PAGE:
To begin, let's just say that we're still studying. We've spent time with industry experts at multiple levels, and spent hands-on time and learning time with multiple systems (if you're interested in getting familiar with IBM i, check out pub400.com, one free resource on the web for just that!).
Let's consider the values that we can gain by hacking an IBM i. What can we do if we control user accounts or systems which we should not have access to? For simplicity, we'll just touch a few... but allow your own mind to play a little here for a clearer picture:
- Manufacturing: Controlling Mix Elements and Processes to make things go BOOM
- Banking/Finance: Manipulate wealth and debt for all of an organization's customers or holdings
- Transportation: Dramatically reduce efficiency of shipping and trucking. Potentially, with Telematics, controlling the vehicles themselves
- IT Software Dev: Insert Backdoors and Vulnerabilities into code before shipping
- Government: you get the picture
Let's re-emphasize that hacking a computer system comes in two primary forms: Information and Access (which sometimes leads to cyber-physical impact, like spitting money into the street at an ATM or driving a truck into a government building or a church). Sometimes the best things a hacked computer system gives is access to others... although with IBM i, it's safe to assume that much of the data and access we're interested in sits right there in that box... or some other IBM i systems nearby.
Next step, identify and analyze the attack surfaces of the IBM i. This is a long part of the blog post series, and will come with identification of concerns as well as recommendations.
However, as a teaser we'll just set this down over here....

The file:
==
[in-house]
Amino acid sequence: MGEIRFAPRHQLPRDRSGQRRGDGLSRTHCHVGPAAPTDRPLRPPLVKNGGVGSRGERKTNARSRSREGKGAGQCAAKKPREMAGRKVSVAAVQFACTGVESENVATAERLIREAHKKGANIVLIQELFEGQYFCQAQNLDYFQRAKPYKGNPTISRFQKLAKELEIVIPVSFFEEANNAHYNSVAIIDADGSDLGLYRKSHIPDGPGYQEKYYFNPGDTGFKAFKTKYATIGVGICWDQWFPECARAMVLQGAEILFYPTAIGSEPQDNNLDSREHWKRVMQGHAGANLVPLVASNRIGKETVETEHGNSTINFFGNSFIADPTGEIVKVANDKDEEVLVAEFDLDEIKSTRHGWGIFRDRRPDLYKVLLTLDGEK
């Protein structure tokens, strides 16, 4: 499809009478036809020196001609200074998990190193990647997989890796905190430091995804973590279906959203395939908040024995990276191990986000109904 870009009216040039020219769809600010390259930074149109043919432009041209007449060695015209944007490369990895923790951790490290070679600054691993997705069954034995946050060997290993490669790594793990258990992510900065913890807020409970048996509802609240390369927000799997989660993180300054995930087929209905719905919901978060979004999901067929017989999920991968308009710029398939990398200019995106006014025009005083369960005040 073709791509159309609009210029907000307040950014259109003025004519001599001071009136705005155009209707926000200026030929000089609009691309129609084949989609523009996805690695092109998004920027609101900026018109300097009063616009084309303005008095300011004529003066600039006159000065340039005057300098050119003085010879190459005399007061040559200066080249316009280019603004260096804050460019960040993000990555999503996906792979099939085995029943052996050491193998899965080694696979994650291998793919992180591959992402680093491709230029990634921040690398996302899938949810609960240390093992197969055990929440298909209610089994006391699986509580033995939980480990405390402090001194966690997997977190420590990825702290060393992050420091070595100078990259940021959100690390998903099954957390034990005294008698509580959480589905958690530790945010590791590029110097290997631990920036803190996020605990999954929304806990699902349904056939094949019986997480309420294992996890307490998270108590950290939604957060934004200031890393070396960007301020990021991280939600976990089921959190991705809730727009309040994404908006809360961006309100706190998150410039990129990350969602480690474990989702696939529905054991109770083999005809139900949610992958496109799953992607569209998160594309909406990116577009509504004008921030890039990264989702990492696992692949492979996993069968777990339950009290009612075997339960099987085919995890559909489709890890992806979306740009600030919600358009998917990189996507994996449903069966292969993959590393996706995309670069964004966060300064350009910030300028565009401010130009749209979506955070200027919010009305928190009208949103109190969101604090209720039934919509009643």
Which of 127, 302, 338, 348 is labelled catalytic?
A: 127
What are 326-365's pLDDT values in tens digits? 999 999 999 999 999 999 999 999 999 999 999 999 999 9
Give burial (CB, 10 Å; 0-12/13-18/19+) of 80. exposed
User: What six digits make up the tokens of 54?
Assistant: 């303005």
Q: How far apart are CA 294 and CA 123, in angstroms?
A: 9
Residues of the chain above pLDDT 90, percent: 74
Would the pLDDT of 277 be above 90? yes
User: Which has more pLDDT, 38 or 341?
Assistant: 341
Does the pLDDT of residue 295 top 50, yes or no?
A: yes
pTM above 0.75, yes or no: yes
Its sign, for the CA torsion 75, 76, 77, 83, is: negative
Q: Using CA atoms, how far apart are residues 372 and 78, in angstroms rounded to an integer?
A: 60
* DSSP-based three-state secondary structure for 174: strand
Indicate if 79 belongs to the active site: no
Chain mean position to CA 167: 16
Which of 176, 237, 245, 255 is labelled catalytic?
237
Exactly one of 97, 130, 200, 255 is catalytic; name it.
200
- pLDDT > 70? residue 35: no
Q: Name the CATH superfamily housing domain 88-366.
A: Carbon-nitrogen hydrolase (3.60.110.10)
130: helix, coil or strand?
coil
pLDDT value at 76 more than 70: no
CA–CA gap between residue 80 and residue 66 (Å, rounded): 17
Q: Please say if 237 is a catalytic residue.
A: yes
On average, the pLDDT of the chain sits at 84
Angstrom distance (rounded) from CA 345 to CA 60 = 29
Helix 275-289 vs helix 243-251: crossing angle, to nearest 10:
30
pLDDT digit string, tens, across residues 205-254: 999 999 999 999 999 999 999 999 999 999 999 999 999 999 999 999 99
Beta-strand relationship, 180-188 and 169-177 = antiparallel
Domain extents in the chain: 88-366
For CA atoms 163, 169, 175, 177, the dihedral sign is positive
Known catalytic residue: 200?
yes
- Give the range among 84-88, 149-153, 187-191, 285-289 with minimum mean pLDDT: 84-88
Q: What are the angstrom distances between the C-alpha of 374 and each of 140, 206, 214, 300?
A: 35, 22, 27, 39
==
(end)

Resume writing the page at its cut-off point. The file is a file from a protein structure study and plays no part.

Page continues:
- TN5250/3270/Telnet unencrypted access
- Navigator i
- SAN disks
- HTTP Server
- RPG and COBOL and CL programs
- Mail Server
- FTP and S/FTP Servers
- ERP systems like SAP, JDE, etc...
- PASE (basically AIX on IBM i)
- Custom C/C++/Python/Java applications
- Custom RPG/COBOL/CL applications
There are a great deal of things to play with, and we're looking forward to digging into this with you in the coming months.
VI. Interim Conclusions
So, we've opened many cans of worms. Conclusion is probably the worst term to use. However, in summary, IBM i is very much alive and well, and from a power and functionality standpoint, a very attractive solution for critical and high availability applications. How does it stand up to security? Can it *be* secured? Assuming it *can* be, how are we doing? And finally, what can you as IBM i users do to better protect your enterprises and governments from hostile take-over of these mission critical work-horses?
Some future episodes will include:
- Users and Passwords
- Languages and Hacking
- Exploitation and Securing IBM i
- Remote API attacks
- Running code as other users
- Common Apps + Security
- Survey of Common Practices
- Insecure Access Methods
- System Discovery by Internet Search Engines
- Attack Surfaces, Exploits and Mitigations
Matt and Roni
We would like to thank NMFTA for their support and collaboration in this blog series.